Salmon numbers rise in river Wye tributaries Lugg and Arrow

Salmon and trout Atlantic salmon and brown trout numbers have both received a boost

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Large numbers of salmon have been spotted in two feeder rivers of the Wye for the first time in 30 years.

The rivers Lugg and Arrow in Powys had been closed to migrating fish by a series of man-made weirs, which led to a sharp drop in Atlantic salmon numbers in the 80s and 90s.

Since 2003, fish passes have been built allowing the salmon to travel upstream.

Surveys carried out the by Wye and Usk Foundation found "encouraging" numbers of young fish throughout the rivers.

They estimate that when operating at full capacity, the Lugg and Arrow catchment could add a further 3,000 to 4,000 fish to the Wye salmon run.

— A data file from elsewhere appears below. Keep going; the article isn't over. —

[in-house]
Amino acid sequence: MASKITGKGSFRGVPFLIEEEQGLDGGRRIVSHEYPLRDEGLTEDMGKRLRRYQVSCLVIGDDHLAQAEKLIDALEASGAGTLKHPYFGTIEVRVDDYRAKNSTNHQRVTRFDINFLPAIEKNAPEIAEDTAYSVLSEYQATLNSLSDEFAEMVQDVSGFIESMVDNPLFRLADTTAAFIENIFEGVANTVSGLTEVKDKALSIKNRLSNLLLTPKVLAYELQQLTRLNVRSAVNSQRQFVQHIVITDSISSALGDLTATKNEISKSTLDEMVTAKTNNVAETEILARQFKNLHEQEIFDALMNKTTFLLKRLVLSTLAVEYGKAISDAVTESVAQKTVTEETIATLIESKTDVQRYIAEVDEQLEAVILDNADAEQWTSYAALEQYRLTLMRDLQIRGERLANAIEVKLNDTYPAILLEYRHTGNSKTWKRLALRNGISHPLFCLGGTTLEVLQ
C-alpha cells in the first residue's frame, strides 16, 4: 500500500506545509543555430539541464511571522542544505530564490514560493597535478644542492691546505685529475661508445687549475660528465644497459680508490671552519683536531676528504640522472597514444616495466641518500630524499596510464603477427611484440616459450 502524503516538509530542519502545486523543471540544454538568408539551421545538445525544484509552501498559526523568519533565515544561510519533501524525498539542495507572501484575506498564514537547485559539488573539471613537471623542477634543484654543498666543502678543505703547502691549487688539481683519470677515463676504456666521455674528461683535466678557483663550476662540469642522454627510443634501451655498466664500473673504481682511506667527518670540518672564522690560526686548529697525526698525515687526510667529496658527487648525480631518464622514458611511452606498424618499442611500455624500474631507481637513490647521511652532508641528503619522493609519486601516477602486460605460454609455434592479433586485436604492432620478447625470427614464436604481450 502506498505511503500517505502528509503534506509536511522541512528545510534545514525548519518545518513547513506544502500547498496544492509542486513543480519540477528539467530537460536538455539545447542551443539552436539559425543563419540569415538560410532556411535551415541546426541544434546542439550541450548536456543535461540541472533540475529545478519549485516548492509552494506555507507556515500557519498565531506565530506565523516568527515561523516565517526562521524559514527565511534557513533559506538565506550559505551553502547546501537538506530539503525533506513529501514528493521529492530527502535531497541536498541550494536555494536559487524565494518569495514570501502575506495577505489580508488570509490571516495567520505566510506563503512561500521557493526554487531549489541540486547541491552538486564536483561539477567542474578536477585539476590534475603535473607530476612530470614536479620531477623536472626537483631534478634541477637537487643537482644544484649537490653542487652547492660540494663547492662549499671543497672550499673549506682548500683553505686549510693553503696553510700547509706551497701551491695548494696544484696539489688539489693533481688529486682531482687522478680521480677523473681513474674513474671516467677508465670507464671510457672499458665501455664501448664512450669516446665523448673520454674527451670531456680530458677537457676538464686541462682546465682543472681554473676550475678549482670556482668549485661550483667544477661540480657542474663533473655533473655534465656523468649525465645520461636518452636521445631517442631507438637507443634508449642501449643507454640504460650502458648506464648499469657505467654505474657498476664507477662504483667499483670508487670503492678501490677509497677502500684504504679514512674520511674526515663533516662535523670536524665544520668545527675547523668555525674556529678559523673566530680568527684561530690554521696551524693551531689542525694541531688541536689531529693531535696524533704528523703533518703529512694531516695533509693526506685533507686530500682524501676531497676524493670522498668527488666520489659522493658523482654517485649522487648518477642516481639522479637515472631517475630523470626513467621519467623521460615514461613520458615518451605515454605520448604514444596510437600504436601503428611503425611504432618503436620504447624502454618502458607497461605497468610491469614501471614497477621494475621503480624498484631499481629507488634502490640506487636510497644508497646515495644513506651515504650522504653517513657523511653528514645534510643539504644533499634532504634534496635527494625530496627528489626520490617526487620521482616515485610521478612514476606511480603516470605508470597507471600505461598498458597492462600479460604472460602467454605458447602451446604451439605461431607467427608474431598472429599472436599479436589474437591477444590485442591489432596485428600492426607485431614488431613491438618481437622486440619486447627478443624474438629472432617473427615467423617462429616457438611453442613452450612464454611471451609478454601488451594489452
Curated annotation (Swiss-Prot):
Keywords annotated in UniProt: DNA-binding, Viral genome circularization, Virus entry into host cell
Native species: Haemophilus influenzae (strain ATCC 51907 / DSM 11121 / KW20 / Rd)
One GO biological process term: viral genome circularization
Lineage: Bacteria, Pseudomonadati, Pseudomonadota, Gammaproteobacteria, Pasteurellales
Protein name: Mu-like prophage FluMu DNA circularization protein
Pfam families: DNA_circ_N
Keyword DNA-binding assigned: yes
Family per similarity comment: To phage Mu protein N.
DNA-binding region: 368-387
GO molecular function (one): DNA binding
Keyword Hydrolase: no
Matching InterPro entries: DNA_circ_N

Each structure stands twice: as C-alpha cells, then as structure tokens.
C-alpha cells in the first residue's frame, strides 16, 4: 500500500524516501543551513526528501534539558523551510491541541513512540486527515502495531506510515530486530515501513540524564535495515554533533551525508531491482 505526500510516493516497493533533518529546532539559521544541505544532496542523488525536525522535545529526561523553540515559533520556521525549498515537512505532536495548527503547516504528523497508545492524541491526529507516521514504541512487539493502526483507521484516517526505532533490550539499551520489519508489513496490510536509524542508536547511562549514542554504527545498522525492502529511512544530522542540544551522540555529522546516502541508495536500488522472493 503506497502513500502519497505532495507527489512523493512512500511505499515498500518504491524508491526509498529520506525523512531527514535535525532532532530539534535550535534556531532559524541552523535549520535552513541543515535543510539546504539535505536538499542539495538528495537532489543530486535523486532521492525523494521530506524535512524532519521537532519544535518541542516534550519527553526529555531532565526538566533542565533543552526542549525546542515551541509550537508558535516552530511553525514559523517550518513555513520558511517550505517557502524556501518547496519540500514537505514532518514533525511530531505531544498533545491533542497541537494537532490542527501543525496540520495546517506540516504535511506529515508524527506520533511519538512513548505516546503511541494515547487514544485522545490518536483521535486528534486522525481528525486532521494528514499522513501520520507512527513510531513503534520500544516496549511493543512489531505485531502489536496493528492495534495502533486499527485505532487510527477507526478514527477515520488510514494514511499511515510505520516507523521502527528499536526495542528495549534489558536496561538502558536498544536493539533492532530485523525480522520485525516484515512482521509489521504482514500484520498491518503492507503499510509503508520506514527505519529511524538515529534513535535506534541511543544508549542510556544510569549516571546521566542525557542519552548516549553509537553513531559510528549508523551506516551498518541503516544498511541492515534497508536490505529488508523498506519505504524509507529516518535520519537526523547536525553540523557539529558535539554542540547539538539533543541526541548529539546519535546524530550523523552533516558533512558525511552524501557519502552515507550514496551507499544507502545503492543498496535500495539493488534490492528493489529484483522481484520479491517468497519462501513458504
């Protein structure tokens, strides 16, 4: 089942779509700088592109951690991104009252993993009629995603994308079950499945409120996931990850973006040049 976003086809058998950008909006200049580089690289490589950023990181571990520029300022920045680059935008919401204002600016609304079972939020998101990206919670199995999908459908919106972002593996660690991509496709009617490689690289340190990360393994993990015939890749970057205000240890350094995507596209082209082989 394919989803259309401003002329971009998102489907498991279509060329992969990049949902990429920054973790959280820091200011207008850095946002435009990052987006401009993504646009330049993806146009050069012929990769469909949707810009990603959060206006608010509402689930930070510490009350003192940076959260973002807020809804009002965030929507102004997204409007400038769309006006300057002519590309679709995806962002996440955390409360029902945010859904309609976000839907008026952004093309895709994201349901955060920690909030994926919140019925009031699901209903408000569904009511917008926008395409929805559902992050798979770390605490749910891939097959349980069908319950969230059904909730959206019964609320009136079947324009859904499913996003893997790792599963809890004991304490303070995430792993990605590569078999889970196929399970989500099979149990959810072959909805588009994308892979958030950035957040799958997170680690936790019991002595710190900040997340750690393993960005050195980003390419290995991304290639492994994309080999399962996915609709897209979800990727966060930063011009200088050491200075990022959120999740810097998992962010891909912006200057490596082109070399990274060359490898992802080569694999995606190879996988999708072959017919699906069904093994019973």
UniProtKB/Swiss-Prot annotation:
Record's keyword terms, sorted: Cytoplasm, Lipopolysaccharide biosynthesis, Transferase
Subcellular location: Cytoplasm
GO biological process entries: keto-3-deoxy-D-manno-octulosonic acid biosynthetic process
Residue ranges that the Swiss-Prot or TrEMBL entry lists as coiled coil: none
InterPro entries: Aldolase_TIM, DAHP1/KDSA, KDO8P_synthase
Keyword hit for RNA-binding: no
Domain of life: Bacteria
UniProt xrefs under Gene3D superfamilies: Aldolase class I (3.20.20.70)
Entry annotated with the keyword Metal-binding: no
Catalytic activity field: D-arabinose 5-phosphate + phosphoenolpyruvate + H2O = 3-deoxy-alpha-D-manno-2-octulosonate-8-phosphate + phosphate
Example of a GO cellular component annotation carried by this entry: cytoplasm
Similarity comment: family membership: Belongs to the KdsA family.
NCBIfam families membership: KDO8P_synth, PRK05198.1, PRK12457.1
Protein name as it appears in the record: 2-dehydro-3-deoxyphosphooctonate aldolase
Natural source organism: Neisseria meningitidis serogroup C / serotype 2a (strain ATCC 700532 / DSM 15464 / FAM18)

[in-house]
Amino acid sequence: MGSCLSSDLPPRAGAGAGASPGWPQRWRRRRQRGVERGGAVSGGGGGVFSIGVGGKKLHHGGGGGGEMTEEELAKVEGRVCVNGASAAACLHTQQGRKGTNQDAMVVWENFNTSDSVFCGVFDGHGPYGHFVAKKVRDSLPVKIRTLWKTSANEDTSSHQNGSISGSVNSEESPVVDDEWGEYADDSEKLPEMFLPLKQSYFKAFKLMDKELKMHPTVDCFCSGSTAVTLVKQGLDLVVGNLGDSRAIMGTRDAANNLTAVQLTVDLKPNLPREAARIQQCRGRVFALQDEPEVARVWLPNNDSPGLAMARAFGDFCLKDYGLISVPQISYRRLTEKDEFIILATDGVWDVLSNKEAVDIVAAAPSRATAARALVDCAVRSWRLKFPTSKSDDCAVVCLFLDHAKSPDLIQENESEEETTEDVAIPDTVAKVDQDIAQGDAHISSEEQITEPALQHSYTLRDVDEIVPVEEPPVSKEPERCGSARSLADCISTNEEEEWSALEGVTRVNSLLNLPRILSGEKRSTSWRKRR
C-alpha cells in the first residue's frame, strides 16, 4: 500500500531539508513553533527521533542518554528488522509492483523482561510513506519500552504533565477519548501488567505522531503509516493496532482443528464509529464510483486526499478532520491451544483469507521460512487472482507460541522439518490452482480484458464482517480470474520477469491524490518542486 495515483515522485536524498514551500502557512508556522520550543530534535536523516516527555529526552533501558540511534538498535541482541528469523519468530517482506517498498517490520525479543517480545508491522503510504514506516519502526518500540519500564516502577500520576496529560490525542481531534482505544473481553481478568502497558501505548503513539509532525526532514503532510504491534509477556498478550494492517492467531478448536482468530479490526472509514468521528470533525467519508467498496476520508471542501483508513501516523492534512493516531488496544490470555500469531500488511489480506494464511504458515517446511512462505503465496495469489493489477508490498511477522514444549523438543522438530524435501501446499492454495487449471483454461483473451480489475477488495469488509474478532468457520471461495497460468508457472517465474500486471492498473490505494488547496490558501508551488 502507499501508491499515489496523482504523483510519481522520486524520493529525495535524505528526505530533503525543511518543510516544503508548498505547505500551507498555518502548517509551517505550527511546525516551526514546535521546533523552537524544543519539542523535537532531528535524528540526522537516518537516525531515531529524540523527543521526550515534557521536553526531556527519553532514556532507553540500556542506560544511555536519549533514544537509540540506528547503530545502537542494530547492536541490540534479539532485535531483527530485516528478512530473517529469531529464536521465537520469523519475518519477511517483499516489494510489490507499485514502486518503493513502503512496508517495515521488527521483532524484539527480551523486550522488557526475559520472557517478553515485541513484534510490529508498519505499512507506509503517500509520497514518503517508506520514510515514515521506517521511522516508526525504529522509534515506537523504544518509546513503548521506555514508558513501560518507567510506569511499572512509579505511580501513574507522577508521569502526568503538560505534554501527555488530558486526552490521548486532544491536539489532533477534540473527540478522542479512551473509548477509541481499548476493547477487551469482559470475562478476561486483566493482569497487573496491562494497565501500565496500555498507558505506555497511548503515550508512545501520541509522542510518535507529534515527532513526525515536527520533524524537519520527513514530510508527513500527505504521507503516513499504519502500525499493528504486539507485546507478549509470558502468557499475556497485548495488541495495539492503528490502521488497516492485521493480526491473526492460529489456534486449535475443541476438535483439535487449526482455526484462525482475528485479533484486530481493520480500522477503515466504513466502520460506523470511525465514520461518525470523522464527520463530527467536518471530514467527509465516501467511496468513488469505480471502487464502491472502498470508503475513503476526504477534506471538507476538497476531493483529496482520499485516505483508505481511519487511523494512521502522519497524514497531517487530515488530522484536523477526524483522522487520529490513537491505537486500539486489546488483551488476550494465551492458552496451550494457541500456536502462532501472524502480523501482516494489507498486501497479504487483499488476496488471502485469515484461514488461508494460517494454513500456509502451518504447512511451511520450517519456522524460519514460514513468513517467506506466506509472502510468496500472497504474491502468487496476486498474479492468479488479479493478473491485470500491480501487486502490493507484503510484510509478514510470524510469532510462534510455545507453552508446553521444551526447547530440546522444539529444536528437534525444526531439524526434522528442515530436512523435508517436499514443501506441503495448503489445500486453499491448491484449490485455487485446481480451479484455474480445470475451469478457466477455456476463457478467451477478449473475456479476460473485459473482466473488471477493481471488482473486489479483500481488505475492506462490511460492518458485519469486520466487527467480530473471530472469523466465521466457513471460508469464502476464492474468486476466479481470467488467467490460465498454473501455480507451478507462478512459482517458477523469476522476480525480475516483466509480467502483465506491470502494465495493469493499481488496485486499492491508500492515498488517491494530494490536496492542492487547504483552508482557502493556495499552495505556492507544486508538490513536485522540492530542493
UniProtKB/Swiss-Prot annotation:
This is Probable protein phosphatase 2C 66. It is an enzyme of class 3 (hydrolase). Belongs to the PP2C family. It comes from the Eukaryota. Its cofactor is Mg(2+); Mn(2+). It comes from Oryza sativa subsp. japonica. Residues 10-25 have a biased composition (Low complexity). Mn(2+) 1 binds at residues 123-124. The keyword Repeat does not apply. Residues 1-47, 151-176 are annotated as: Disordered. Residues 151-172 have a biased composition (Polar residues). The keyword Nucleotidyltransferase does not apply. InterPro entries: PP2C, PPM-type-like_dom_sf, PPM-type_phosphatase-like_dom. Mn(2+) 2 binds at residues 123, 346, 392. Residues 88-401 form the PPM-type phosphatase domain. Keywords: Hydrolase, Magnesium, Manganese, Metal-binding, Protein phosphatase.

The surveys also found brown trout numbers had improved.

Dr Stephen Marsh-Smith, executive director of the Wye and Usk Foundation, which worked on the project with the Environment Agency (now Natural Resources Wales), said: "It's taken a decade to build these fish passes. The paperwork has been as big a task as actually building them.

"However, once built, they will last for years, ensuring continuity of salmon and trout populations for decades to come.

"We would like to thank all the individuals and organisations that help fund the work, especially the Lugg and Arrow Fisheries Association."

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